HONG KONG - World stocks rose and the British pound rallied briefly on Friday as Scotland voted to stay part of the United Kingdom, avoiding a messy breakup that could have roiled financial markets. Japanese shares surged to their highest since 2007 as the yen extended losses against the dollar.
Britain's FTSE 100 advanced 0.7 percent to 6,864.55 and France's CAC 40 rose 0.1 percent to 4,468.88. Germany's DAX added 0.6 percent to 9,860.77. U.S stocks were set to open higher, with Dow futures up 0.4 percent and S&P 500 futures rising 0.4 percent.
Investors were relieved that Scotland voted to stay in the U.K. Independence would have shaken the U.K economy and its markets because of uncertainty over the future value of the pound and public debt, among other things. Companies and markets were heartened that that the final tally showed the campaign against independence won a clear victory.
"Trading desks have been staffed in London, with all hands on deck around Asia and Australia. The market was always positioned for Scotland to remain in the United Kingdom," said Chris Weston, chief strategist at IG Markets in Melbourne, Australia.
The pound jumped temporarily after Scottish voters rejected independence. It rose as much as 0.4 percent to $1.6509 from $1.6445 though it later dropped back to $1.6388 as many investors had already priced in a No vote victory. In Asia, the yen fell to its lowest in more than six years; its rapid decline against the dollar has been driven by expectations the Federal Reserve will raise interest rates next year while the Bank of Japan will maintain its stimulus program. The dollar strengthened to 108.84 yen from 108.77 yen late Thursday, after rising as high as 109.46. The euro dropped to $1.2869 from $1.2919.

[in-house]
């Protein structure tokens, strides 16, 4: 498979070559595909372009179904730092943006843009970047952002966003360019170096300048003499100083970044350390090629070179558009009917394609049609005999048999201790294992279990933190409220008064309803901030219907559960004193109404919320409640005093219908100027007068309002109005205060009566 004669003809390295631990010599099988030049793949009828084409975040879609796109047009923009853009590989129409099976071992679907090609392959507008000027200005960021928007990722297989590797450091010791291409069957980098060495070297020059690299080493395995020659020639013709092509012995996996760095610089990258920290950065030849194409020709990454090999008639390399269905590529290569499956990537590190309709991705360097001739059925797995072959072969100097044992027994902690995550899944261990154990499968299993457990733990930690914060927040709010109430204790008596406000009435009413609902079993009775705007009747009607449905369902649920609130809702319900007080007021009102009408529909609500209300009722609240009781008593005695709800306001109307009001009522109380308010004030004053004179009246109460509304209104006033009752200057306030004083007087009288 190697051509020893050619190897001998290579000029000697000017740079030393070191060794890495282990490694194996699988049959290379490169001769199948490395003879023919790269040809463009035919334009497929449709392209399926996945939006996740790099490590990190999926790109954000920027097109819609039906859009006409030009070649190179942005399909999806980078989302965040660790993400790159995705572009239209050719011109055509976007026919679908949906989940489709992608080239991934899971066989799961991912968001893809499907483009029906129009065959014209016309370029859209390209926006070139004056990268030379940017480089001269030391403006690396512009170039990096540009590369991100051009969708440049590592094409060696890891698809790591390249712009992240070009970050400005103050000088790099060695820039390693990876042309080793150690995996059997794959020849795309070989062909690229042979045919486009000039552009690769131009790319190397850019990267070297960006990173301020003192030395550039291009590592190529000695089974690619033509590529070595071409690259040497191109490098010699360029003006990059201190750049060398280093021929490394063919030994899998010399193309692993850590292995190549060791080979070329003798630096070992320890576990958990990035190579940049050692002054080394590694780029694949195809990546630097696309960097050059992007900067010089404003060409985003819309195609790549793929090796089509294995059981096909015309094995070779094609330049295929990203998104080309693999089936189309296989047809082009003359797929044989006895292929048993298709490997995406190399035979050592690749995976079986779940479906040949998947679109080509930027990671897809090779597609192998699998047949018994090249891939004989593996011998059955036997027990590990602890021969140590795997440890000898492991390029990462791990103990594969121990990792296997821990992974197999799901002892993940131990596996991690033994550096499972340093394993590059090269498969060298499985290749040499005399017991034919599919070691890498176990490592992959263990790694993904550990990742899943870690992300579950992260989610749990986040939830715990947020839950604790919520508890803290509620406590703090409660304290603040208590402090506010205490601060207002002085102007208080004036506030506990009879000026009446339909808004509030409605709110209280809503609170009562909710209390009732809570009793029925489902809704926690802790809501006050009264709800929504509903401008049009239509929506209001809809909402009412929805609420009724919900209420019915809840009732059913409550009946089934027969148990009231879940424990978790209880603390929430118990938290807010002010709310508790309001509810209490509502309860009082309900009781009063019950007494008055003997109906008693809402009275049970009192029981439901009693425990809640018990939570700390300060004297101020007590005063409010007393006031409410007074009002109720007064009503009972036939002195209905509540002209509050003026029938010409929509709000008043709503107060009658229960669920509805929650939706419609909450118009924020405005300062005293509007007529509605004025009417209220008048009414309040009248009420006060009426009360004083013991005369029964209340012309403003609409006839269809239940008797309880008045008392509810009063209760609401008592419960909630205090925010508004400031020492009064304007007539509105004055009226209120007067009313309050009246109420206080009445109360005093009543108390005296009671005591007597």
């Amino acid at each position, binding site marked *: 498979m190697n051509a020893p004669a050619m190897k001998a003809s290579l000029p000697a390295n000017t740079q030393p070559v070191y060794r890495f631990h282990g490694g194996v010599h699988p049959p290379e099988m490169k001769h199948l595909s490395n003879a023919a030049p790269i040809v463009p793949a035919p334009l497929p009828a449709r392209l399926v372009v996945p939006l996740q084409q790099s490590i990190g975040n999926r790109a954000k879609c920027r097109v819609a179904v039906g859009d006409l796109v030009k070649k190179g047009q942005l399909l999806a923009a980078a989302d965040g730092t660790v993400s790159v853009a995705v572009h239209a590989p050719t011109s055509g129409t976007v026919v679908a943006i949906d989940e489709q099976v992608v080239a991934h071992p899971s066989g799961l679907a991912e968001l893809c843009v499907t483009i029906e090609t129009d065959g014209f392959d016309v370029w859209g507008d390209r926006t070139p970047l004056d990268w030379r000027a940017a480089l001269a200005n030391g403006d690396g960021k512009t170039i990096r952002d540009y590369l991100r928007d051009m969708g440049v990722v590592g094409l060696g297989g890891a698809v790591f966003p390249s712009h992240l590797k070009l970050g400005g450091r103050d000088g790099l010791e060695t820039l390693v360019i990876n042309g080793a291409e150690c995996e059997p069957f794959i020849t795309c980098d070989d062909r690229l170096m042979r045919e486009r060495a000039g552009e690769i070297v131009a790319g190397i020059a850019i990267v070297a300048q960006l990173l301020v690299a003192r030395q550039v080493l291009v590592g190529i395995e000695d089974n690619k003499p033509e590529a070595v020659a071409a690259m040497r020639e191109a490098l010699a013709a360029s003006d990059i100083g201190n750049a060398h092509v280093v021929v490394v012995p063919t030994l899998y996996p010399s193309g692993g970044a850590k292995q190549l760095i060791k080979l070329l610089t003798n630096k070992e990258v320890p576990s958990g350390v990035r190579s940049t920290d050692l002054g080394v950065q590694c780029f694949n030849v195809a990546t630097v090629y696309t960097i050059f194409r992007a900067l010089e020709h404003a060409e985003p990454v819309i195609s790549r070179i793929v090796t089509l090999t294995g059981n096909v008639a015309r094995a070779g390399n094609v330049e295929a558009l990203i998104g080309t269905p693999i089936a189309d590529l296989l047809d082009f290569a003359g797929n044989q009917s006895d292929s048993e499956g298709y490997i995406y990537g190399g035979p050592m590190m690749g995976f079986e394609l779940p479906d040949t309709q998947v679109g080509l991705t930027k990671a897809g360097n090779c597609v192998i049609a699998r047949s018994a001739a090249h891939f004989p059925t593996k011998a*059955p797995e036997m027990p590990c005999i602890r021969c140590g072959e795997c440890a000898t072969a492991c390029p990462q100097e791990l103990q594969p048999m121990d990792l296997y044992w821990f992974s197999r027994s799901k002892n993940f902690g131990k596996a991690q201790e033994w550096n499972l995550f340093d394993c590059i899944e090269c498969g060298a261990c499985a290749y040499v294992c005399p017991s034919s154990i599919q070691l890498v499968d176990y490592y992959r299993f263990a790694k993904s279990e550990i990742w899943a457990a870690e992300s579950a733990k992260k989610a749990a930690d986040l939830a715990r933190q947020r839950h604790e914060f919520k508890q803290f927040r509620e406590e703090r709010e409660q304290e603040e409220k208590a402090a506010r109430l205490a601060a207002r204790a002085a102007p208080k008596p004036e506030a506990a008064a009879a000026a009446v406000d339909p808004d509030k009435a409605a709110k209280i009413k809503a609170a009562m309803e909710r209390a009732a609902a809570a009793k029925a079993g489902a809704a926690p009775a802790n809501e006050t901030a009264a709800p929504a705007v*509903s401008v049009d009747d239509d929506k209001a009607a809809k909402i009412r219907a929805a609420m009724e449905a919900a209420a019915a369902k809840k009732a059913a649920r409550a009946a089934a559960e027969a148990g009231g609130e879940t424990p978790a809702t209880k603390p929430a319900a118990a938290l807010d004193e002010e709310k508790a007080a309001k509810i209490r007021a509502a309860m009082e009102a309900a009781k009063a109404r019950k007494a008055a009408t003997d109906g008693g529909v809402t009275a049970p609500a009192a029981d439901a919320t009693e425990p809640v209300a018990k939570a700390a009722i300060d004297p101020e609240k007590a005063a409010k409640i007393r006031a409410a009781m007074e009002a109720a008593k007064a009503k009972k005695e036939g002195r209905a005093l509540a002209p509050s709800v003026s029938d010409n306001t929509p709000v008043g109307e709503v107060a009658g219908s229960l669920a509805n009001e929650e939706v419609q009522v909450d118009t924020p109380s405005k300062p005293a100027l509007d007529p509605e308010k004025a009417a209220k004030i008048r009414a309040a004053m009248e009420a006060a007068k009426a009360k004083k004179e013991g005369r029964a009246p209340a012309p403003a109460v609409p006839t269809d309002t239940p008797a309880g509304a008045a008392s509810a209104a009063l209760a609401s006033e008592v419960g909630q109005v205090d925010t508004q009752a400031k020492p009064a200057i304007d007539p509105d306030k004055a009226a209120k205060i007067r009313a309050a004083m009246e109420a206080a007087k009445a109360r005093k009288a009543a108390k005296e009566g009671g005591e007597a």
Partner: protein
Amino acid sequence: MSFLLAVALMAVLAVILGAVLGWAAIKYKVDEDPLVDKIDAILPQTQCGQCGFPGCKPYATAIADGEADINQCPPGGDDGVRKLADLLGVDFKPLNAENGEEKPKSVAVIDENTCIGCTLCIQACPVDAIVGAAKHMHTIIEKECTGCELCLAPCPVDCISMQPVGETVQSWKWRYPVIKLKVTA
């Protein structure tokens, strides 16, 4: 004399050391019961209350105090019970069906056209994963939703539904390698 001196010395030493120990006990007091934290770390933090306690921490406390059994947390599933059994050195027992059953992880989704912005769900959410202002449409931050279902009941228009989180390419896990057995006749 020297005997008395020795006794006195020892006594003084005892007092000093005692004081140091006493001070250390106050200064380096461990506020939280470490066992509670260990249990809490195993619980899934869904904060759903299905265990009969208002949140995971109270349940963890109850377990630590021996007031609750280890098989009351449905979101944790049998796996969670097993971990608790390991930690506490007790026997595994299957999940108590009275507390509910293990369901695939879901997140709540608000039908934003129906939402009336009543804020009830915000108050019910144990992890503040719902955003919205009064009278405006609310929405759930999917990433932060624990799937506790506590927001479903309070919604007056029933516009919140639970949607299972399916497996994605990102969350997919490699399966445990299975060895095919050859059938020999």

Tokyo's Nikkei 225 jumped 1.6 percent to close at 16,321.17, after climbing as high as 16,364.08, as the yen's weakness boost export reliant stocks. South Korea's Kospi rose 0.3 percent to end at 2,053.82. Hong Kong's Hang Seng gained 0.6 percent to 24,306.16 while the Shanghai Composite Index in mainland China gained 0.6 percent to 2,329.45. Sydney's S&P/ASX 200 edged up 0.3 percent to 5,433.10.
The jumbo initial public offering by Chinese e-commerce giant Alibaba Group will cap the week for investors. The company set its IPO price at $68 per share, near the top end of the marketing range, which values the company at nearly $168 billion. The stock starts trading later Friday in New York under the symbol BABA.
Benchmark crude oil slipped 14 cents to $92.93 a barrel in electronic trading on the New York Mercantile Exchange. The contract fell $1.35 on Thursday.